The scarcity of industries with women in positions of power does not exclude academia. 24% of college presidents are women and that is a statistic that current female leaders are insistent on changing. Four of the most powerful women in higher education met at the 92nd Street Y in New York City on Tuesday evening to discuss how they have navigated the collegiate system to lead their respective institutions. As part of the Benenson Lecture Series, the panel featured Dr. Amy Gutmann, the President of the University of Pennsylvania, Dr. Nancy Cantor, Chancellor of Rutgers University-Newark, Dr. Christina Paxson, President of Brown University, and Dr. Biddy Martin, President of Amherst College.
Throughout the evening, the accomplished women provided insight on how they are creating access to education, managing work-life balance, and promoting diversity in their communities.
Dr. Amy Gutmann: As the first person in her family to attend college, Dr. Gutmann believes that “an educated citizenry is a public good.” The political scholar and author has led Penn to become the largest university to establish an all-grant policy for all undergraduates who qualify for financial aid; the average grant package for a Penn student is $40,000. When asked how students can manage the stress of attending a rigorous institution, Dr. Gutmann noted that resilience is the key to overcoming adversity because “students have to learn how to pick themselves up with they fail.”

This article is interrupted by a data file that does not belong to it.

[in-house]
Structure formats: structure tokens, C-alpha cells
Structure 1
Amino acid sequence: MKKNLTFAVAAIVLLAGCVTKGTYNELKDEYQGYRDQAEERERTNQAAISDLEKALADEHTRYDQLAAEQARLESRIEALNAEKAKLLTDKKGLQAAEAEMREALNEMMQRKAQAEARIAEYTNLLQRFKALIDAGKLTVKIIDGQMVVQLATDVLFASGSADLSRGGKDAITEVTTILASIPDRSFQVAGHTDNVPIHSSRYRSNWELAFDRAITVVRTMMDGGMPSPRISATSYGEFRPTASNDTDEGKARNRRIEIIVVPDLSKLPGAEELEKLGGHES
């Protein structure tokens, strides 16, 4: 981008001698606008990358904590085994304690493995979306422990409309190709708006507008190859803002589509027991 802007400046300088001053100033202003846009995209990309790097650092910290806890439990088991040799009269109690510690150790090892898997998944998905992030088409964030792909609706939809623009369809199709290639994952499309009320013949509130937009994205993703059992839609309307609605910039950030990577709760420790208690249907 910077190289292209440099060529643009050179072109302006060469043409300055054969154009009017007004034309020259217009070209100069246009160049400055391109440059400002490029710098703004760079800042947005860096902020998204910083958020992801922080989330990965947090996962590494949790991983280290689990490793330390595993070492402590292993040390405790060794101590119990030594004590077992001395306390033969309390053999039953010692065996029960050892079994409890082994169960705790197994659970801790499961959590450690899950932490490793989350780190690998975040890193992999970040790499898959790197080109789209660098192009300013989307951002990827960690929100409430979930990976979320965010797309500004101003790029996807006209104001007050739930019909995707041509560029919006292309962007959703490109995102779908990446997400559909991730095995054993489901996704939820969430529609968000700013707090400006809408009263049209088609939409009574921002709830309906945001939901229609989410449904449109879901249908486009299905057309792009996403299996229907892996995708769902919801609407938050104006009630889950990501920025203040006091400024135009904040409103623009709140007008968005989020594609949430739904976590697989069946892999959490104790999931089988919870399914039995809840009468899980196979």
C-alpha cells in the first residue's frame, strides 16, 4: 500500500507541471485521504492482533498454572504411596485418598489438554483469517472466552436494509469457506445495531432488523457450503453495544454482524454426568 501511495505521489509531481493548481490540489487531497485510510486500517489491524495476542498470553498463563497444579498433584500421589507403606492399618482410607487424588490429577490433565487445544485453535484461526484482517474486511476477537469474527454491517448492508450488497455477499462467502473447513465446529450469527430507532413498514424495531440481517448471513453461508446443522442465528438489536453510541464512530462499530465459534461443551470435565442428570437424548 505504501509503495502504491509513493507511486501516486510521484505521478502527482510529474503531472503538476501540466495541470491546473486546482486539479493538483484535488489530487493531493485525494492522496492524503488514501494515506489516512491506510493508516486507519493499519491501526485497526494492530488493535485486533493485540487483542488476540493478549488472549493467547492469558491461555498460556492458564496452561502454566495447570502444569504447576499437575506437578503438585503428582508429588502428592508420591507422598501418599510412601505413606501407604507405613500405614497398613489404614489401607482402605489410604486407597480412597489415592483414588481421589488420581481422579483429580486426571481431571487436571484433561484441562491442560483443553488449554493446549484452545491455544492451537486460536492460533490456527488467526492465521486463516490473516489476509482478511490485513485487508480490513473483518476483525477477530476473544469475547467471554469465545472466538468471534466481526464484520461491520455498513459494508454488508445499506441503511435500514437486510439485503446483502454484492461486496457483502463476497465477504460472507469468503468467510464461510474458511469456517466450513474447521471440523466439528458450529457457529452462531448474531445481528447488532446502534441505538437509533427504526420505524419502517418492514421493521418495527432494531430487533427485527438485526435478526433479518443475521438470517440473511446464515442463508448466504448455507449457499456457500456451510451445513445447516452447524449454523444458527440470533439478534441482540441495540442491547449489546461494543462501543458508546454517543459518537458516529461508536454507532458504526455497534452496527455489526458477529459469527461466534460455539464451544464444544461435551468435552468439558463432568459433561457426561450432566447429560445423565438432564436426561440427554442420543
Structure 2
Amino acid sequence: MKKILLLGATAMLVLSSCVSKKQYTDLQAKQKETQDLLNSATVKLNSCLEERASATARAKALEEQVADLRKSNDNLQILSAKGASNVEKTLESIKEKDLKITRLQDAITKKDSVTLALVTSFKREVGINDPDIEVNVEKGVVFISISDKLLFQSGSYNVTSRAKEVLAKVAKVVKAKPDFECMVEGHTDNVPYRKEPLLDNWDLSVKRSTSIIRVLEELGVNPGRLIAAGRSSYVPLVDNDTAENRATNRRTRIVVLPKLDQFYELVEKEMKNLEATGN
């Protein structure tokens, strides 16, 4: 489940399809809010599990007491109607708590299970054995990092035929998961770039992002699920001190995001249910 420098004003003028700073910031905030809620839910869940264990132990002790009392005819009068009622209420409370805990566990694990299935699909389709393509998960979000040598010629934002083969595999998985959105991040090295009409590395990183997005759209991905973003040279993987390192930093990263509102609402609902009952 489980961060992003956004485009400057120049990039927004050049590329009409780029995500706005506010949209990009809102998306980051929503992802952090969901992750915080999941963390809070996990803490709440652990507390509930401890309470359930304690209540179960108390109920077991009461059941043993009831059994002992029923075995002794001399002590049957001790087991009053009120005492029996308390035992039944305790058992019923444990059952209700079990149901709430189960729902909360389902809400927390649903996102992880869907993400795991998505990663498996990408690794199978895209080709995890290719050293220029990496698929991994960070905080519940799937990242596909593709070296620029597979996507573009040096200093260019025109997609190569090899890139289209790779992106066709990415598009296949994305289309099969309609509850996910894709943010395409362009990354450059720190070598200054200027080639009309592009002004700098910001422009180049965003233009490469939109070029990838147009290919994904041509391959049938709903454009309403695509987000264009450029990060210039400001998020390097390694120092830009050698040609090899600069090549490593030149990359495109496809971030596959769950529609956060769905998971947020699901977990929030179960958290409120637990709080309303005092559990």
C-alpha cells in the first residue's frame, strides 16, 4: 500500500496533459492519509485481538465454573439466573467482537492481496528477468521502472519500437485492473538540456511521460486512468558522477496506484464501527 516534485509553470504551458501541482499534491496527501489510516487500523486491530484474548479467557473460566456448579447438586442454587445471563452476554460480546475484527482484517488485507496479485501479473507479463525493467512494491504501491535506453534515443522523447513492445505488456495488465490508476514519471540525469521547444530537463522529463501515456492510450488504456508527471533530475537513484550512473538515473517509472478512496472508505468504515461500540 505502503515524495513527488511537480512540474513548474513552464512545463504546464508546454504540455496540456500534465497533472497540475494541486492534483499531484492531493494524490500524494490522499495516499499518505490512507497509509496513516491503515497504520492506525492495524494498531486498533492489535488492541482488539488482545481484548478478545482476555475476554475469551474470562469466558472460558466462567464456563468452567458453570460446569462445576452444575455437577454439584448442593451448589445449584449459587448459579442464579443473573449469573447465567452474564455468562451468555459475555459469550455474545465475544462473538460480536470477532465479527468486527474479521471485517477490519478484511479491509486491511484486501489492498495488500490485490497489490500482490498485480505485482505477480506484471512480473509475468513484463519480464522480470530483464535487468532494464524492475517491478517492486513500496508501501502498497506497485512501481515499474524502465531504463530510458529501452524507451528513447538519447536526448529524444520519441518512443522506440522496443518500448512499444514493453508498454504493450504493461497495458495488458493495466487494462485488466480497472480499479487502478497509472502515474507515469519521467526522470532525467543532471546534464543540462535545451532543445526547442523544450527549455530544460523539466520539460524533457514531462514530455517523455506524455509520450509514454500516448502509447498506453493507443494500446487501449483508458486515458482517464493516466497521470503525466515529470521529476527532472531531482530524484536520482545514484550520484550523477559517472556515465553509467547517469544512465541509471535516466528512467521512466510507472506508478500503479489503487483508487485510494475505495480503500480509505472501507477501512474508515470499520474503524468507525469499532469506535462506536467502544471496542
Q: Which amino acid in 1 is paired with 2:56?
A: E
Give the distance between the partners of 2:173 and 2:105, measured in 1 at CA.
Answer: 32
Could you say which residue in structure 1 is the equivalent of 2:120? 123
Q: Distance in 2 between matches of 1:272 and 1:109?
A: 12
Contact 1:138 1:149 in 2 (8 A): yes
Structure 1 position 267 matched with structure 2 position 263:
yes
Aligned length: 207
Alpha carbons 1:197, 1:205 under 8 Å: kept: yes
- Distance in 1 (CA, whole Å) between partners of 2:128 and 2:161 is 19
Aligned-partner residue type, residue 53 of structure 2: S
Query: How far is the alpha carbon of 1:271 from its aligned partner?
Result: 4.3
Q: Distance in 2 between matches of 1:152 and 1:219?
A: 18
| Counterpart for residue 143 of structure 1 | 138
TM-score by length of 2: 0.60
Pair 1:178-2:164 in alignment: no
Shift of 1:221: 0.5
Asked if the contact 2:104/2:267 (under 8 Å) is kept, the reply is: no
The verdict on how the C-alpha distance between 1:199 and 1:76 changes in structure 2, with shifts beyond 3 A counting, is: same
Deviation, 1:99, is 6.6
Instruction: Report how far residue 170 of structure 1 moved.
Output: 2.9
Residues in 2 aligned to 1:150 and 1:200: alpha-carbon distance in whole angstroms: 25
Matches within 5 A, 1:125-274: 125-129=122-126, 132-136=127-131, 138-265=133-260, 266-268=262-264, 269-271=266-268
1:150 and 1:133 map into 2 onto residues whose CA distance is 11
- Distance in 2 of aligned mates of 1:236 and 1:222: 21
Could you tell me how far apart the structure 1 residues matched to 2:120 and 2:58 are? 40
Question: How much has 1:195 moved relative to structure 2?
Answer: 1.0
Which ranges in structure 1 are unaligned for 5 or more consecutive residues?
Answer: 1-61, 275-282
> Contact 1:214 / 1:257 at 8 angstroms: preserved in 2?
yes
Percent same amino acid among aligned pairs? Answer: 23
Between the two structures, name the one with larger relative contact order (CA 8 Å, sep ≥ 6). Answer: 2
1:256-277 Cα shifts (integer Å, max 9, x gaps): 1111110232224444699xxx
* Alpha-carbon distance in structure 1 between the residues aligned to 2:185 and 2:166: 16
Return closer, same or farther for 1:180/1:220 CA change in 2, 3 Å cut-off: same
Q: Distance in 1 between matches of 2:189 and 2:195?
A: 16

Dr. Nancy Cantor: A social psychologist by training, Dr. Cantor believes that a diverse student body is enriching for the university community. She prides herself that Rutgers University-Newark is often the first place her students meet peers of different races, ethnicities, and religions. Dr. Cantor has maintained a well-balanced personal and professional life by finding ways to include her family in every step of her professional journey.
Dr. Christina Paxson: Prior to assuming the Brown presidency, Dr. Paxson was the dean of the Woodrow Wilson School of International and Public Affairs at Princeton. She cites innovation and flexibility as the core of a sustainable liberal arts curriculum. “We are training students for jobs they will have 30 or 40 years from now,” she explained. “We have to adapt our educational programs to the ever-changing world around us.”
Dr. Biddy Martin: With a doctorate in German literature, Dr. Martin held senior positions at Cornell and the University of Wisconsin-Madison before arriving at Amherst in 2011. Unlike other academics that express concern over the preservation of the liberal arts curriculum in a seemingly technology-centric job market, Dr. Martin is confident that the liberal arts will continue to be the cornerstone of American education. Confronting its relevance she attests, “A liberal arts degree teaches you how to think, which is the most important skill anyone can possess.”
The common theme the panelists emphasized was that they focus on providing their best service to their institutions, not the fact that they are women in a male dominated position. For more information about programming at the 92Y visit https://www.92y.org/.
Contributor: Katlyn Grasso